Dua is a multidisciplinary performing artist based in Minneapolis, Minnesota. Using a retrospective sound and diverse afro-diasporic influences, the work produced by this artist provides audiences with a full range of emotions. Saleh hopes to explore art as a means to resist the status quo and as a medium to engage in complex expressions of humanity.
Dua was born in Kassala, Sudan and moved to the United States as a refugee of war with family. Though gaining attention as a performing artist, Saleh has primarily been known for political organizing and workshop facilitation throughout the state of Minnesota.
The summer we forgot about baba,
I remember learning the true meaning behind my name.
Du'a (دُعَاء) was a prayer, a muffled cantor visiting the ear of divinity.
A wish for reverie stuffed in travel bags.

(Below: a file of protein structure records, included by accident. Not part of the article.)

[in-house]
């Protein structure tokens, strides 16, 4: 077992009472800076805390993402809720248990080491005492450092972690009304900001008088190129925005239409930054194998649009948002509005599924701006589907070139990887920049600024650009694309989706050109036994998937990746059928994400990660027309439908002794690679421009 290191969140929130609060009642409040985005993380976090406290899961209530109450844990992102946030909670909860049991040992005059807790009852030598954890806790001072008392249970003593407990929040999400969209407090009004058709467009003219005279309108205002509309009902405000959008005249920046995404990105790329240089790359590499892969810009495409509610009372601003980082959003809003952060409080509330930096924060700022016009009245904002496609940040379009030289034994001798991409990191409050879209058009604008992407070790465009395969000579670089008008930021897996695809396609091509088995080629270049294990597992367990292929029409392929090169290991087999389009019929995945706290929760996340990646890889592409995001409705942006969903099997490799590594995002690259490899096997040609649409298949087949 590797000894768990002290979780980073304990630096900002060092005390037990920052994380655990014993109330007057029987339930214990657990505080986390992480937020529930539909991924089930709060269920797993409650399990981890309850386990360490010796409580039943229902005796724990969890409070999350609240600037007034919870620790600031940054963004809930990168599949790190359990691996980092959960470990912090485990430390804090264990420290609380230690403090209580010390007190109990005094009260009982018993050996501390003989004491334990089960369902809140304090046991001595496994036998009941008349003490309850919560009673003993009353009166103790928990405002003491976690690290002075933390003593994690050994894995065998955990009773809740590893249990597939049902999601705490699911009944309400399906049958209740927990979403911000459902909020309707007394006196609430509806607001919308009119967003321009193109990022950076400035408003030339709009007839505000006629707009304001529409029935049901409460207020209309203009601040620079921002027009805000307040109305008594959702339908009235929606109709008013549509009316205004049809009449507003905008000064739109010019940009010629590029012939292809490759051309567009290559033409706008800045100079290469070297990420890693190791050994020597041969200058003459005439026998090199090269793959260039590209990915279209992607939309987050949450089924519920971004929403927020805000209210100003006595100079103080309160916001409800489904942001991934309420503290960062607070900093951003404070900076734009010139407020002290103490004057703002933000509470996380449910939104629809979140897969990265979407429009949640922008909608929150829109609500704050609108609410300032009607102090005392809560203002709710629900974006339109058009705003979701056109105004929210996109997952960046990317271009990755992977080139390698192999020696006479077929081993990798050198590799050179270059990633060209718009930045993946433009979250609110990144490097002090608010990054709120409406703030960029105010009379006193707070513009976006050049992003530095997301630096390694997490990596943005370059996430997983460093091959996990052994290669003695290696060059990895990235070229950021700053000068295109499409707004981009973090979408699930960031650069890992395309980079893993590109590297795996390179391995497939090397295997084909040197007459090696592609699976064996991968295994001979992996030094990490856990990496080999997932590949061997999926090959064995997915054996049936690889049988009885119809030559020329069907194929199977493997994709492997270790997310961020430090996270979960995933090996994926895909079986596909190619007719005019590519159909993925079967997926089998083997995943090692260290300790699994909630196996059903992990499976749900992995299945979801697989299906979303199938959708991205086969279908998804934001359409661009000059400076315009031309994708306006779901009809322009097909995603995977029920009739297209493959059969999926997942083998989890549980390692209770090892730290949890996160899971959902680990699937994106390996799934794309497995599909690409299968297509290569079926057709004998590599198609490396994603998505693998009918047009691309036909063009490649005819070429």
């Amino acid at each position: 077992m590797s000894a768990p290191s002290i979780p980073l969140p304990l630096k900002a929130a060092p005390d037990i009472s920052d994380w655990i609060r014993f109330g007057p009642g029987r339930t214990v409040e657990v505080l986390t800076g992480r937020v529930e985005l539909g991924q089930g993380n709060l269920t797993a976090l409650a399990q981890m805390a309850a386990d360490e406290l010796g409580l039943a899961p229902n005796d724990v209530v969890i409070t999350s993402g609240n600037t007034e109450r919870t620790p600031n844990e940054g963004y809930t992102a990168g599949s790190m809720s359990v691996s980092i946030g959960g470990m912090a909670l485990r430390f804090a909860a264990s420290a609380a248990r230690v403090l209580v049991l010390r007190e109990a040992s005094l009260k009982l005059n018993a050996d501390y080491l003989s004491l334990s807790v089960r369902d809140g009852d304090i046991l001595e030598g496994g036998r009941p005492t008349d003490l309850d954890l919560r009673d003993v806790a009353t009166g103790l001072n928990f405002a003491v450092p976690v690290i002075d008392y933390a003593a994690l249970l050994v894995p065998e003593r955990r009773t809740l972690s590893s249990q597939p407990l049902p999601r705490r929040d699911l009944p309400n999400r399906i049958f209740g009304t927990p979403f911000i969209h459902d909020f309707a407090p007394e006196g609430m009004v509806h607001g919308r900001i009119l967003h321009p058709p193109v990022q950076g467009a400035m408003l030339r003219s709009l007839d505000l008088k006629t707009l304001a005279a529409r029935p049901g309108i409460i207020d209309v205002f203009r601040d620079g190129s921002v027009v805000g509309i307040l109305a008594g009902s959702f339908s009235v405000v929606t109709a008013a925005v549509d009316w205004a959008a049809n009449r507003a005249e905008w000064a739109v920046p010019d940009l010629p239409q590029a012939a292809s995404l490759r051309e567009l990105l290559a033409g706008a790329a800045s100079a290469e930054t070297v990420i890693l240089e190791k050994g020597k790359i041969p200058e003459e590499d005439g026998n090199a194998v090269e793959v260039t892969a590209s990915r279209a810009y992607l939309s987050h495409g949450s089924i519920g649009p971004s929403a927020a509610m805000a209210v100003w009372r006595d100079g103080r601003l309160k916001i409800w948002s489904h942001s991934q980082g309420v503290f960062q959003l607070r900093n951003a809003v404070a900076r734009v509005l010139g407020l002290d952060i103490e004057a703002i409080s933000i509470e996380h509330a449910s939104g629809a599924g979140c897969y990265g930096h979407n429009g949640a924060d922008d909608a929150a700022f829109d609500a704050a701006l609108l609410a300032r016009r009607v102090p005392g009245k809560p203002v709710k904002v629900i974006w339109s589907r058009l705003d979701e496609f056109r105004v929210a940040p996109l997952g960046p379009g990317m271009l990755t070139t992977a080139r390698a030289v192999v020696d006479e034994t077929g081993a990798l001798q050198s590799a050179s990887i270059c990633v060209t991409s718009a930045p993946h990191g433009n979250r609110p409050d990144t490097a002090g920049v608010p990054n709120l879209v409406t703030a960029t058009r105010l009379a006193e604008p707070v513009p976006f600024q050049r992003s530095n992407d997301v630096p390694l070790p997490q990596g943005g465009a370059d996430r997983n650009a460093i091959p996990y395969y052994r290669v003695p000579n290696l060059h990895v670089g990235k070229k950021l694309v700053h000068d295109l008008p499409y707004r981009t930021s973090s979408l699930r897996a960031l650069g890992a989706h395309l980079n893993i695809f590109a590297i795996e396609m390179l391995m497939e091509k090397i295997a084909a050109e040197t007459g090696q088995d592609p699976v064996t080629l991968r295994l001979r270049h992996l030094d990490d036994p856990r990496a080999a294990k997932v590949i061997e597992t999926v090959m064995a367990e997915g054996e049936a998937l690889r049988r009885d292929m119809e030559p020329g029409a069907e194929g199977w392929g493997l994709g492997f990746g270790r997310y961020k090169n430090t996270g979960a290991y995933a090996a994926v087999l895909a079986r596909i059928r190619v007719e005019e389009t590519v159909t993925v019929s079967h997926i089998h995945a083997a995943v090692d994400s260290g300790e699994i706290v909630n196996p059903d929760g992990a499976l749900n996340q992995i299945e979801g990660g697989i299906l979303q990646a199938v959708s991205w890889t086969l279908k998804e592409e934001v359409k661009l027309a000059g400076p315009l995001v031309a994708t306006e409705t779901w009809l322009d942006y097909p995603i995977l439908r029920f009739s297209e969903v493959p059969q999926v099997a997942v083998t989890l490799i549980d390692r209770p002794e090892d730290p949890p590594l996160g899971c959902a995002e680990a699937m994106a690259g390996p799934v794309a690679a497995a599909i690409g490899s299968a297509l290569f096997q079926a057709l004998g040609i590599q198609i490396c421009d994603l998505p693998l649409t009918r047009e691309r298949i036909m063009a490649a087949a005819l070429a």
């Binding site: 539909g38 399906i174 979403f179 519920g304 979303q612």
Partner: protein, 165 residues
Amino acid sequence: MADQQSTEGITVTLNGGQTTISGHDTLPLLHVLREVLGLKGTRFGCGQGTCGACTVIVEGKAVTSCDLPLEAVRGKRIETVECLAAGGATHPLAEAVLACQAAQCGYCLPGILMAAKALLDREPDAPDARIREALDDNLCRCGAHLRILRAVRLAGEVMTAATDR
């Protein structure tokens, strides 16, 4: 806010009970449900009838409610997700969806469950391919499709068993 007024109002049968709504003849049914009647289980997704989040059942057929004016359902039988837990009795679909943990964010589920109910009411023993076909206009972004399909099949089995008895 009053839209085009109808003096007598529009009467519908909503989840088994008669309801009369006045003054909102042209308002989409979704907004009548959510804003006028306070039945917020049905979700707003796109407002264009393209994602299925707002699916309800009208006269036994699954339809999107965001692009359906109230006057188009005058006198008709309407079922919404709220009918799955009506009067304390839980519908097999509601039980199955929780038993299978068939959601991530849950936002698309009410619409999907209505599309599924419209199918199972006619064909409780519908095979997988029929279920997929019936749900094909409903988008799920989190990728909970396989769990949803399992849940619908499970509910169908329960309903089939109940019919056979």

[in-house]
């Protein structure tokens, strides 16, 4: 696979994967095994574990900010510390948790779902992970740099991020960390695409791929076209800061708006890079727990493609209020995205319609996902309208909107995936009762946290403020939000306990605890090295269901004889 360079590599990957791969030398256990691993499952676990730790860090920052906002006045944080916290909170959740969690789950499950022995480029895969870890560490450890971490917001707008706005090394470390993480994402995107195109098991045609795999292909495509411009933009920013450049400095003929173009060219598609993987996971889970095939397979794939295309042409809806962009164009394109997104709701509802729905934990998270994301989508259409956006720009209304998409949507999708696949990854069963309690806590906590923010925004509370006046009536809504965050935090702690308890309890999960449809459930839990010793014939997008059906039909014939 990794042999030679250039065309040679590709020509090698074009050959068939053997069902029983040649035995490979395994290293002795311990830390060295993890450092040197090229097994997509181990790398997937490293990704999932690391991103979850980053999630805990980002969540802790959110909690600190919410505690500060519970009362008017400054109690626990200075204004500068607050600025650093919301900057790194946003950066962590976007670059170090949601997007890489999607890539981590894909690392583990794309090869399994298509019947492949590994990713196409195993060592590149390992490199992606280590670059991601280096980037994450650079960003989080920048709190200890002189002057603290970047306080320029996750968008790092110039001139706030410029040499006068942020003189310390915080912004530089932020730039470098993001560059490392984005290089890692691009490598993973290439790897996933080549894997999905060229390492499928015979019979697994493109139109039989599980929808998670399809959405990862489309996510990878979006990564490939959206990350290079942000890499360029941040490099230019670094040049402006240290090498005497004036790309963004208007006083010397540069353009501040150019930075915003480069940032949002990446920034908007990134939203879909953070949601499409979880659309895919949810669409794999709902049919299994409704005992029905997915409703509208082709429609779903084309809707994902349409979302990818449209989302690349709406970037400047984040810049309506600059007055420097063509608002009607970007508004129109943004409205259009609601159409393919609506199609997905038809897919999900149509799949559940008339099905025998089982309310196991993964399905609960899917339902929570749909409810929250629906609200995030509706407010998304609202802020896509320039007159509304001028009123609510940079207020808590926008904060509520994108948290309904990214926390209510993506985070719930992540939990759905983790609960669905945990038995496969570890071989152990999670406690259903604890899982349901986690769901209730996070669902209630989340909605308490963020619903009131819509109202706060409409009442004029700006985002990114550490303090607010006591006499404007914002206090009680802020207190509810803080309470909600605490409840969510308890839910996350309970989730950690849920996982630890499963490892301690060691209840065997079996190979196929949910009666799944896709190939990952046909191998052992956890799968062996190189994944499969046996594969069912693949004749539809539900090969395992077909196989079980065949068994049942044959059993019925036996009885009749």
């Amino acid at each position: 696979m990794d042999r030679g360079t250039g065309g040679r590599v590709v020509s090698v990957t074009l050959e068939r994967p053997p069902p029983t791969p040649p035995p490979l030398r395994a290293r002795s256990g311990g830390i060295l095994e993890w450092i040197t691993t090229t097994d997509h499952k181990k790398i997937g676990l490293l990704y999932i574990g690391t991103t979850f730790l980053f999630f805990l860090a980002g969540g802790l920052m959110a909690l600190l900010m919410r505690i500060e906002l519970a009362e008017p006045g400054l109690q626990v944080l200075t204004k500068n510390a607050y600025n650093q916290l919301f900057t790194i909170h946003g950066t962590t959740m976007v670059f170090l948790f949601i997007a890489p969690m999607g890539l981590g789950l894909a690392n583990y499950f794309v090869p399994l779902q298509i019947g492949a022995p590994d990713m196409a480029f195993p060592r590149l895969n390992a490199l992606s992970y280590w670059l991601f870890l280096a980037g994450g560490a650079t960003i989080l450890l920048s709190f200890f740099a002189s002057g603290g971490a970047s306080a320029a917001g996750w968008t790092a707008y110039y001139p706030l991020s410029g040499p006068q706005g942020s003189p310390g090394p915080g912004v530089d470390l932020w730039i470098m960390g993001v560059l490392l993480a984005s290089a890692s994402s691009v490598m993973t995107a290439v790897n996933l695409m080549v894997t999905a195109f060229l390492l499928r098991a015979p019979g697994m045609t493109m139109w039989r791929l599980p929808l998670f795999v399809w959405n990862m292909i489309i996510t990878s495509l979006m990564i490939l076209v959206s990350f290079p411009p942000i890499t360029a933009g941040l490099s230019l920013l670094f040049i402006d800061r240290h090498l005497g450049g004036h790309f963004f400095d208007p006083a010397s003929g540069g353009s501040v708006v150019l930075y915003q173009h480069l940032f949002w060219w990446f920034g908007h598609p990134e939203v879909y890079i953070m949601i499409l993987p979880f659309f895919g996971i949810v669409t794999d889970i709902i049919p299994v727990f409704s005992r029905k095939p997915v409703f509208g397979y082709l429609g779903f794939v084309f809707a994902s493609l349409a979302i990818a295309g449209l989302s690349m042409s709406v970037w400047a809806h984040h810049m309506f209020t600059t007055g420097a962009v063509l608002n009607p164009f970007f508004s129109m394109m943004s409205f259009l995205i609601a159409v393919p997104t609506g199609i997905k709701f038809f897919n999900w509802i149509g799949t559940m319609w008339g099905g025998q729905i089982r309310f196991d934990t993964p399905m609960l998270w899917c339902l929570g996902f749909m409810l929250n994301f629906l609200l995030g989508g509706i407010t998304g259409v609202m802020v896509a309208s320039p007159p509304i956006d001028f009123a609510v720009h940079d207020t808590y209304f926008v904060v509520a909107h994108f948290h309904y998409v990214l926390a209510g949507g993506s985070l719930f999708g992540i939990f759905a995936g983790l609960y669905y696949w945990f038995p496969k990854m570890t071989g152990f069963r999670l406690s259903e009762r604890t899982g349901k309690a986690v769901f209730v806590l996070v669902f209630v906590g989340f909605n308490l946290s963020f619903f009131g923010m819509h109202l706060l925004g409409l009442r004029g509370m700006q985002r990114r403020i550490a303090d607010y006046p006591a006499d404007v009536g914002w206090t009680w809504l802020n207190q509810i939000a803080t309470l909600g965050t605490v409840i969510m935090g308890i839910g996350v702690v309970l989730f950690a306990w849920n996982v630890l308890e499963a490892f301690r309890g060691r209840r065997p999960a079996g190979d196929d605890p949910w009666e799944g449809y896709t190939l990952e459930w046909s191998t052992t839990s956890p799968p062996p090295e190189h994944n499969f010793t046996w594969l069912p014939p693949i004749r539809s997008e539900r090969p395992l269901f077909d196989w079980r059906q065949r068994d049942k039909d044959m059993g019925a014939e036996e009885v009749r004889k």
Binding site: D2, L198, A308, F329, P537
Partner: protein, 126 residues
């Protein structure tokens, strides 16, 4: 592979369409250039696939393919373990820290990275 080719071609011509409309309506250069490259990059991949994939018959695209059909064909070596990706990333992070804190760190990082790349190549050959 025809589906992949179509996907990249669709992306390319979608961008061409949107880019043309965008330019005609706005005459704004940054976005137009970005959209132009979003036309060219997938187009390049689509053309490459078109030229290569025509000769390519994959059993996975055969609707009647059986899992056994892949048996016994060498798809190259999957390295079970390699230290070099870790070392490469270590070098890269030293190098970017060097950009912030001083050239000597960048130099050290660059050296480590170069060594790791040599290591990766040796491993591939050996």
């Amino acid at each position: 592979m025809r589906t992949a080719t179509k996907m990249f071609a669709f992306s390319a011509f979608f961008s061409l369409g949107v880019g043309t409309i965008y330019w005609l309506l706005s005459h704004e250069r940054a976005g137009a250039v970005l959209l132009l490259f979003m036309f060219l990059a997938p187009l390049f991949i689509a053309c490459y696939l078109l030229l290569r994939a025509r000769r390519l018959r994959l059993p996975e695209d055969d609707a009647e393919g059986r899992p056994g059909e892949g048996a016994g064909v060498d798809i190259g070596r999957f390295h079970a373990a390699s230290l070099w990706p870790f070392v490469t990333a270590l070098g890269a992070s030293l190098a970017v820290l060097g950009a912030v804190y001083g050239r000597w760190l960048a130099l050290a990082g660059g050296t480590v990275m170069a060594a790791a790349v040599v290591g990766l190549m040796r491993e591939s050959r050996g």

I rarely kept my bag in the trunk because
it held my most treasured possessions at the time.
My gold earrings, a book, and a silver mechanical pencil.
The ones that I've seen lawyers place besides leather notebooks.
I remember having my heartbroken
when I learned that leather was the skinned flesh of another being.
That day, I learned to clear my throat of the word elegant
to leave room for my own name.
Today my name sounds like desperation.
Du'a is a call for an ending.
It's the awkward break in the throat of a non-speaker
when they want to pronounce my existence with intention.
It's the fading taste of khudra from my lips and bukhur from my hair.
Today Du’a reminds me of the lilac soot that dusted the sky
the evening I asked Allah (SWT) to smite me.
Sometimes I say my name to myself
in hopes that it will translate into that summer.
I often wish baba would vanish into a memory.
But his name has a ring to it.
And so does mine.
I think that's why I still pray sometimes.
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